When I was 9, I wrote a poem. Our teacher demanded "who wrote this?" and read it to the class.
He was loud. I thought I was in trouble. I said nothing. But it turned out he liked it.
I think back now, and I am pretty sure it included the phrase "shadows loomed". Not an uncommon, nor particularly original phrase.
I wrote another poem, and could not fight my desire to make it rhyme.
It went something like this:
The kauri tree is so high
It is so high it scrapes the sky
It's hard to climb and hard to fell
The inside's are as hard as hell.
It's one line short of a limerick. And I still have it, although it reads a little differently.
You see, I was advised to revisit the last line, and so had duly swiped at my ruled A4 with an eraser, and replaced "hell" with "5000 layers of shell". It didn't quite zing like the first version. But hey, I was 9.
Over the years I have occasionally revisited my compulsion to write poetry. So when Ariki Ngawati's poem arrived in our editor@ inbox, I had no hesitation in opening the attachment and reading his poem. I am so glad I did.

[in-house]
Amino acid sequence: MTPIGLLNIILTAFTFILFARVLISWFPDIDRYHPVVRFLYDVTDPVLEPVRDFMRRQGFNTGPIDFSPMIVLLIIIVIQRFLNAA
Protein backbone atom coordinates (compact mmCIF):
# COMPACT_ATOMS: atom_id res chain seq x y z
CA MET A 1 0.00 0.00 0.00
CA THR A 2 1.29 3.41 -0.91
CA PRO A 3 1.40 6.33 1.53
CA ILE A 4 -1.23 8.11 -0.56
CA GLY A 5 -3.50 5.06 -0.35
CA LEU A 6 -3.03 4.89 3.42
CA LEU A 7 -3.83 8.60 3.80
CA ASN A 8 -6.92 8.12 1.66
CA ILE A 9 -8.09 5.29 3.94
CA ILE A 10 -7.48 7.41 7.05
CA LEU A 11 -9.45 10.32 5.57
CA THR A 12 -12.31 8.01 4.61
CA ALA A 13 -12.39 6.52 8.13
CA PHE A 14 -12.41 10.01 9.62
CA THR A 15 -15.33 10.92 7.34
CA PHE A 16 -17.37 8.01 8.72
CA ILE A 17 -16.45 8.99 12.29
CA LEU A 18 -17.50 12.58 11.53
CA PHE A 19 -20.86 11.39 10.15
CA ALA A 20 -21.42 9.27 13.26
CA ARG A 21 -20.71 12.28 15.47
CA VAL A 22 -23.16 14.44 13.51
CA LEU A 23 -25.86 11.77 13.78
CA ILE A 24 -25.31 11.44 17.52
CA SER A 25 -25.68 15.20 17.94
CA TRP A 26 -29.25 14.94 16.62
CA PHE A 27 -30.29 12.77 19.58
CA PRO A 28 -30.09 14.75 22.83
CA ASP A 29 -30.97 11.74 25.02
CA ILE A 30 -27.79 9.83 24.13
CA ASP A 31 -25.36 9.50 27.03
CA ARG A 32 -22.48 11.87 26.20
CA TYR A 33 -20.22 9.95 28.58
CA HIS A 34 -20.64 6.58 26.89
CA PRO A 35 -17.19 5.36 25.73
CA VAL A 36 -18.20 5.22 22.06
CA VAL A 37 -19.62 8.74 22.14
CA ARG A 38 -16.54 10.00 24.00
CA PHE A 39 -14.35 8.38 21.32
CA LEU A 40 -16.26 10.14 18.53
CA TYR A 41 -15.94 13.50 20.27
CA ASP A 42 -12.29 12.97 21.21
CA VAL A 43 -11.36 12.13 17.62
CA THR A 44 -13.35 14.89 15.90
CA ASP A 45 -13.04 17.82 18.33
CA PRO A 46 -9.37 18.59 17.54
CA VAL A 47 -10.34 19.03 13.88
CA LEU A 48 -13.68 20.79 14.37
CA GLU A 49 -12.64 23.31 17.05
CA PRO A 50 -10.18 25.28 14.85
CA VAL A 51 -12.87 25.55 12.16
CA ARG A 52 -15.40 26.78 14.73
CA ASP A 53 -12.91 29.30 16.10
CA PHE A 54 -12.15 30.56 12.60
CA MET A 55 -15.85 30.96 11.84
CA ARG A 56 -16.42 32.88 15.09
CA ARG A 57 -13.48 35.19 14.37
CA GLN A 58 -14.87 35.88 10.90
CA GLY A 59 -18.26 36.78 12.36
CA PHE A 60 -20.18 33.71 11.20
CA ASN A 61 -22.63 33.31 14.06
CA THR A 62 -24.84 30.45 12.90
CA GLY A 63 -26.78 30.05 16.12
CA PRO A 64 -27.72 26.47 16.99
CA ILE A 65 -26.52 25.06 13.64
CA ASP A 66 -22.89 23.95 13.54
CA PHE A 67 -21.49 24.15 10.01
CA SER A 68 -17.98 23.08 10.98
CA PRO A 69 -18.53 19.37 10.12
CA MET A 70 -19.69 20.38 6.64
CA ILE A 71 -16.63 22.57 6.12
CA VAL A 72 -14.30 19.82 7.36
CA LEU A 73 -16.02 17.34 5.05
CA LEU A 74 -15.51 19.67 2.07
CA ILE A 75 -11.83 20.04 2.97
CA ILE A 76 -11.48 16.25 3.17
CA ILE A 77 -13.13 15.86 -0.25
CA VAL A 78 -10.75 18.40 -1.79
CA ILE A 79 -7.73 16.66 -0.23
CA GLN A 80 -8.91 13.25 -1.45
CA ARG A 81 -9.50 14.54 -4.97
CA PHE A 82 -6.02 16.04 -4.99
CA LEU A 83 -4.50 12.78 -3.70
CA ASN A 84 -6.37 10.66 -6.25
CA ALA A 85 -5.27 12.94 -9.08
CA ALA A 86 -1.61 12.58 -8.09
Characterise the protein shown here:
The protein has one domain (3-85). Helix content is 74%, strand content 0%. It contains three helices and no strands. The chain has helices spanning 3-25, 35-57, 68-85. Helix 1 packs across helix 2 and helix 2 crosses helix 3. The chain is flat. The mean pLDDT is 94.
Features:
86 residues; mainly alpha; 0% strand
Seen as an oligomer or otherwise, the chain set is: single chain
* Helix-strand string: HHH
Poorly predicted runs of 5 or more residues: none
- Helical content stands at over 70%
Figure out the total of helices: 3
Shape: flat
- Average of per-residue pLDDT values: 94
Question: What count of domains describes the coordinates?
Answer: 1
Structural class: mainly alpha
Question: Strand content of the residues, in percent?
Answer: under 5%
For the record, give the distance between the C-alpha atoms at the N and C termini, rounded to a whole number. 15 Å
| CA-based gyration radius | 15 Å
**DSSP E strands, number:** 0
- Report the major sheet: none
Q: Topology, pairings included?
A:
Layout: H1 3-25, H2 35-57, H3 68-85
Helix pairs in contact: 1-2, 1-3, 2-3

I also gave it to our newsroom's harshest critic to read. She was genuinely moved.
Ariki's poem displays a unique maturity, and an ability to see things with a different perspective, through a poet's eyes. He has captured a moment in time forever with his words.
A Rainy Day at School,
By Ariki Ngawati, Aged 9, Room 10, Totara Grove School
I look outside and see tears from the sky.
The field is drinking the immortal river.
I see the playground drowned by the flood.
I see the trees shudder in the wind.
The rain is a bullet shower.
The classroom is a pack of lions in a cage.
I am a cub waiting to play.
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